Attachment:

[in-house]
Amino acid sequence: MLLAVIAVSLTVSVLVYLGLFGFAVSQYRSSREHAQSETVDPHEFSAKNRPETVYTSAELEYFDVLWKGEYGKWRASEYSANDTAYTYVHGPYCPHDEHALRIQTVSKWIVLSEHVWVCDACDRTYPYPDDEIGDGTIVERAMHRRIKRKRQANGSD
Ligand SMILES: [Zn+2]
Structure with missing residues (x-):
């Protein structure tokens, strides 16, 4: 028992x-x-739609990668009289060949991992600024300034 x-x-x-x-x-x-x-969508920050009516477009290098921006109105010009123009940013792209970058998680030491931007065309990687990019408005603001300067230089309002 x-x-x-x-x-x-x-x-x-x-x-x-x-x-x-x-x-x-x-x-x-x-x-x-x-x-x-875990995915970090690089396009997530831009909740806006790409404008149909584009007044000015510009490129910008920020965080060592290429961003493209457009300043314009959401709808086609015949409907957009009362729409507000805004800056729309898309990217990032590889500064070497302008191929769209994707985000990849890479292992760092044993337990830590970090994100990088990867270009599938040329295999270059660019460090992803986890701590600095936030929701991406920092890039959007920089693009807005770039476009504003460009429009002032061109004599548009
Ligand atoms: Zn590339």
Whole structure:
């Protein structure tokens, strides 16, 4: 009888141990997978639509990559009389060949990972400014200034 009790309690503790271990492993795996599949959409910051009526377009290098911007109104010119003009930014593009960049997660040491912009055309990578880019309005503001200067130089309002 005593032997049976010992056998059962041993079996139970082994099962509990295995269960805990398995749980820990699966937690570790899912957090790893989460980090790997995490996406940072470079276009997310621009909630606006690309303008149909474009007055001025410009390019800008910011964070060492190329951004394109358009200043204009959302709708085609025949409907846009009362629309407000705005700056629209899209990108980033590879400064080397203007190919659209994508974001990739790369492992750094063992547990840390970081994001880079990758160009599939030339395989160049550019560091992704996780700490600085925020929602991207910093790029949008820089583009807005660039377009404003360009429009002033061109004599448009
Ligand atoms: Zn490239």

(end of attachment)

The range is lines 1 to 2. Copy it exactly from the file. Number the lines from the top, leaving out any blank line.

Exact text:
[in-house]
Amino acid sequence: MLLAVIAVSLTVSVLVYLGLFGFAVSQYRSSREHAQSETVDPHEFSAKNRPETVYTSAELEYFDVLWKGEYGKWRASEYSANDTAYTYVHGPYCPHDEHALRIQTVSKWIVLSEHVWVCDACDRTYPYPDDEIGDGTIVERAMHRRIKRKRQANGSD